The establishment of Grebo-Krahn National Park in southeastern Liberia was approved by the country’s legislature in August 2017.
The 961-square-kilometer (371-square-mile) park is home to an estimated 300 western chimpanzees.
There are about 35,000 Critically Endangered western chimpanzees (Pan troglodytes verus) left in the wild, and Liberia is home to 7,000 of them.
The Liberian government designated a new national park in August 2017 that will protect an important population of Critically Endangered western chimpanzee (Pan troglodytes verus), as well as several other species of large mammals.
The rainforests of the new Grebo-Krahn National Park in southeastern Liberia are home to some 300 western chimpanzees, according to the Wild Chimpanzee Foundation (WCF), based in Leipzig, Germany. A decade in the making, the 961-square-kilometer (371-square-mile) park won the approval of Liberia’s legislature on Aug. 22. Now, it only requires signatures from the president and the Minister of Foreign Affairs — formalities, WCF says — to become officially designated.
“Creating a new national park is of course very exciting — after years and years of collecting data and engaging the various stakeholders,” said Annika Hillers, a primatologist with WCF, in an email. “What bigger reward could there be?”
But those years of work that WCF, other conservation organizations, and the Liberian government have put it were just the beginning, Hillers said.
“It is now that we all have to work harder than ever, to make sure that Grebo-Krahn National Park is effectively protected and local communities are adequately involved,” she added.
Grebo-Krahn forms the “heart” of the Taï-Grebo-Sapo forest complex, extending into neighboring Côte d’Ivoire. The contiguous habitat is a critical home to not only chimpanzees, but IUCN-listed Endangered pygmy hippos (Choeropsis liberiensis), Endangered western red colobus monkeys (Piliocolobus badius), and Vulnerable forest elephants (Loxodonta cyclotis).
The path to the creation of this park began to crystallize in 2006, when the Liberian government passed a forestry reform law setting a goal of protecting 1.5 million hectares (5,792 square miles) of remaining forest areas. That included the Grebo National Forest, where the new national park is situated. Liberia had just emerged from a bloody 14-year civil war, and conservation groups like Conservation International and WCF were eager to help the Forest Development Authority, a government agency, protect the portion of standing Upper Guinean rainforest in Liberia.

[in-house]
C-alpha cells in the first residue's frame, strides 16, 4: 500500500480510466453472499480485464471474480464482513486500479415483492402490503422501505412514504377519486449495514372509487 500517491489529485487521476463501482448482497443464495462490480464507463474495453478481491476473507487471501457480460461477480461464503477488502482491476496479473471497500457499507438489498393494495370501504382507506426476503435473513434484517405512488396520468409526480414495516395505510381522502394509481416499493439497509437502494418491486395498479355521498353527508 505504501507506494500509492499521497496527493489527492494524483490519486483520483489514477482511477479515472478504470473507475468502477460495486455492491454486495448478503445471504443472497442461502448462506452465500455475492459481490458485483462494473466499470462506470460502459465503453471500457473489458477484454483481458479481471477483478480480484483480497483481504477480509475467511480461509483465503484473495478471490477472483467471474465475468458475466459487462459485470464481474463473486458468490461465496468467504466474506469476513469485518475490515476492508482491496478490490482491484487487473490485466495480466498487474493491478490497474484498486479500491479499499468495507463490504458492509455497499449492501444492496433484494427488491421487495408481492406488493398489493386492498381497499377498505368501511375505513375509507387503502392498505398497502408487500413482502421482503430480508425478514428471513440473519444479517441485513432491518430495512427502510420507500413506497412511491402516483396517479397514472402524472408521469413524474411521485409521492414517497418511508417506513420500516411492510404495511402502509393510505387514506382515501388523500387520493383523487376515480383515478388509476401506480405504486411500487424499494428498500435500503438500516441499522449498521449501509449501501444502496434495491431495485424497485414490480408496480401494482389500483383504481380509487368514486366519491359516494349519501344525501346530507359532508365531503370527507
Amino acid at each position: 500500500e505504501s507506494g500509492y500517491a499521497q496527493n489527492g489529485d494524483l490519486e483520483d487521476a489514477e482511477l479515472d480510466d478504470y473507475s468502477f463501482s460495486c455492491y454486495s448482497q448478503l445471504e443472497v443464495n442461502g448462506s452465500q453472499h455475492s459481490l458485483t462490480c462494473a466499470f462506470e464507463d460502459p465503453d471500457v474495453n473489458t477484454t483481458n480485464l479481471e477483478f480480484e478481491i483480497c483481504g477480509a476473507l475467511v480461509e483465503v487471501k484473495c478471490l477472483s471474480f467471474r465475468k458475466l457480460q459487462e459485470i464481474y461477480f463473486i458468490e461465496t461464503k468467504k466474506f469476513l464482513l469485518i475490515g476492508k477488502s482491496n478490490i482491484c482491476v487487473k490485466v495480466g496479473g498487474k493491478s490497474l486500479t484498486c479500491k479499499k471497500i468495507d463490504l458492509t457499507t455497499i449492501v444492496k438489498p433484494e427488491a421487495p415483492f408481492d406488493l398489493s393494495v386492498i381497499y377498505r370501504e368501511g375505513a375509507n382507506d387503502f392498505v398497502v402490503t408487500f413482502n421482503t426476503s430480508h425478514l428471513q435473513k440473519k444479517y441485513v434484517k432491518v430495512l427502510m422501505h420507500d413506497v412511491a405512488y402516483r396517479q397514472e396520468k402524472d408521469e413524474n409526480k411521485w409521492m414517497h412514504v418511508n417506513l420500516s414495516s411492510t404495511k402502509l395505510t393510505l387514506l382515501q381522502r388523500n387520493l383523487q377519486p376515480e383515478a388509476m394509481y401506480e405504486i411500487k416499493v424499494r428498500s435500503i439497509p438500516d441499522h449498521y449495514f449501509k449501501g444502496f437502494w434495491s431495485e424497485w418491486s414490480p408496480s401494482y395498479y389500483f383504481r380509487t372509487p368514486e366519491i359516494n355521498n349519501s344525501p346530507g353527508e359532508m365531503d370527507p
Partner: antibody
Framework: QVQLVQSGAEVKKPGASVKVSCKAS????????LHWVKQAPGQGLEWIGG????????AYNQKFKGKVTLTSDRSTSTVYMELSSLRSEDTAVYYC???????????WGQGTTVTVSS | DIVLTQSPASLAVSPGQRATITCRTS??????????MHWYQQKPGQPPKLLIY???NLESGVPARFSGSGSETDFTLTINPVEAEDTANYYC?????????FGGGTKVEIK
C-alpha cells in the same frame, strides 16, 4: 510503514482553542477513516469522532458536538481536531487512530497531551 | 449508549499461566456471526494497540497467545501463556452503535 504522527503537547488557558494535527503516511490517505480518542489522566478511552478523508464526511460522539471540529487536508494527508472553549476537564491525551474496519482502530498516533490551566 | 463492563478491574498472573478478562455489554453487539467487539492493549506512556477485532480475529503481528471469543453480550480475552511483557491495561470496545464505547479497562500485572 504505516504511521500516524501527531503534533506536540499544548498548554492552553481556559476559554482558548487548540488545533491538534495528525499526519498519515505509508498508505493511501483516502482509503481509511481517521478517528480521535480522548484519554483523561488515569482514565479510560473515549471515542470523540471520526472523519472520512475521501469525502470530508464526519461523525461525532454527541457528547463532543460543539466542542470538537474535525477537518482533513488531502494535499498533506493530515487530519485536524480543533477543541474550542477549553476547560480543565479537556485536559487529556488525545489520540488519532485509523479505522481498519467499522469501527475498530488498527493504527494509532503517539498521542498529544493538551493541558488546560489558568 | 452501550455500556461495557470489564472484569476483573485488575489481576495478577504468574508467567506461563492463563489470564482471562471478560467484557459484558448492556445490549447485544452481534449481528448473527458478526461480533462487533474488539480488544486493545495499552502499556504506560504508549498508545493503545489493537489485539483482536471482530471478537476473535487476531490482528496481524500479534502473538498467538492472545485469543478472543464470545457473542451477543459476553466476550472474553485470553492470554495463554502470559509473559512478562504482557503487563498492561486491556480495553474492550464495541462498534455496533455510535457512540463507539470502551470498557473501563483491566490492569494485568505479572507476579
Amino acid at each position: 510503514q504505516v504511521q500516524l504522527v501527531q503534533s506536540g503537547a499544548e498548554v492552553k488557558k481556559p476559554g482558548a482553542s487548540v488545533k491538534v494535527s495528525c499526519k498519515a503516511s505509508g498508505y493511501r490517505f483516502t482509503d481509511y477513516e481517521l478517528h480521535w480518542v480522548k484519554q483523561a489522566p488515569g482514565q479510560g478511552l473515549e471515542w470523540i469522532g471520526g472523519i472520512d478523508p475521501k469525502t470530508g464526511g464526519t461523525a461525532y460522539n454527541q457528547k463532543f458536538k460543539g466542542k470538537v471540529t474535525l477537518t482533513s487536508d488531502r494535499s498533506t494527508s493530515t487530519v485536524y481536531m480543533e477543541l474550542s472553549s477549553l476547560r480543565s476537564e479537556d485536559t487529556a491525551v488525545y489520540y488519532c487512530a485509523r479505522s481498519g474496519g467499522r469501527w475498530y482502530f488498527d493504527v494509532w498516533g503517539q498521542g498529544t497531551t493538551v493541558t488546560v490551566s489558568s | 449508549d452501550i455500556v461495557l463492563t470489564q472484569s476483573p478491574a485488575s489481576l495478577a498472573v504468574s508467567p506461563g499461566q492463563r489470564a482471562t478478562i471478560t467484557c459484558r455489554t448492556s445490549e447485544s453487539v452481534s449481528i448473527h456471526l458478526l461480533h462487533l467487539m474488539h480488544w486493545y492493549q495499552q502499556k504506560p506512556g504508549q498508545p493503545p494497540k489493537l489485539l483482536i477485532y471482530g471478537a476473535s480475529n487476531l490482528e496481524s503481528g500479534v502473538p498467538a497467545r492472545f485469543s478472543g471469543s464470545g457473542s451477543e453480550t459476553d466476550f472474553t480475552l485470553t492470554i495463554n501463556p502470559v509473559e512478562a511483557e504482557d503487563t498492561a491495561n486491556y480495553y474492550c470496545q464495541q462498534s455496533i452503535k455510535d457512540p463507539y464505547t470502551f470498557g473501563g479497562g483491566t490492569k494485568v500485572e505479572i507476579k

A plan emerged to section off what would become Grebo-Krahn National Park, but progress toward its official designation was slow. The growth of Liberia’s economy has been hamstrung by widespread poverty, low levels of education and few employment opportunities. And the devastation of the 2014 Ebola crisis, which killed nearly 5,000 Liberians, didn’t help.
The country also lacks the infrastructure found that has helped make East Africa a global destination for wildlife-seeking tourists.
“Even though the Upper Guinea Forest Ecosystem and its biodiversity are absolutely unique in the world, much more needs to happen before activities, such as ecotourism or also research activities, could generally provide reliable income for local communities,” Hillers said. “It is very tricky to find the right balance between effective nature conservation activities and support for local communities.”
In part, that’s because many Liberians still depend on the forest. Bushmeat remains an important source of protein, which poses a threat to the mammals that inhabit the forests that now include Grebo-Krahn National Park. Illegal gold mining and the harvest of a tree from the genus Garcinia to make marketable “chewing sticks” within the park’s borders endanger its ecosystem. And a scarcity of agricultural land means that families are clearing areas of forest close to the park so they can feed their families.
WCF says that the government doesn’t have the resources to pay enough guards to adequately protect the park. So the organization, in cooperation with the government, is working with local communities to galvanize their support, as they did in the years leading up to the park’s designation. Biomonitoring groups comprising community members help to catalog the life in the forest, and livelihood projects give community members alternatives, such as chicken or fish farming, to bushmeat hunting. Local participants in an “eco-guard” program work with law enforcement to protect the park’s wildlife, and they also engage with people in their communities, helping to explain the purpose of the park as a sanctuary for these animals.
“Without the support and active involvement of local communities, no conservation project will be successful and especially sustainable in West Africa,” Hillers said.
That community support will be especially important, as the vision to protect rainforests in West Africa extends far beyond Grebo-Krahn National Park.
“We hope that this park will be part of a chain of existing and future protected areas stretching from Ivory Coast to Guinea covering huge parts of chimpanzee habitat,” said Mathias Rittgerott of the Germany-based NGO Rainforest Rescue in an email. “Without these protected areas, western chimpanzees will be at the brink of extinction soon.”
Rainforest Rescue was among the organizations that backed the Grebo-Krahn National Park initiative financially. Scientists estimate that 35,000 chimpanzees of the western subspecies still live in West Africa, with 7,000 of them in Liberia.
“Studies show that most known chimpanzee populations live outside of protected areas — meaning without any protection,” Rittgerott said. “That’s why additional parks are crucial.”
Banner image of Sonja Metzger / WCF courtesy of the Wild Chimpanzee Foundation
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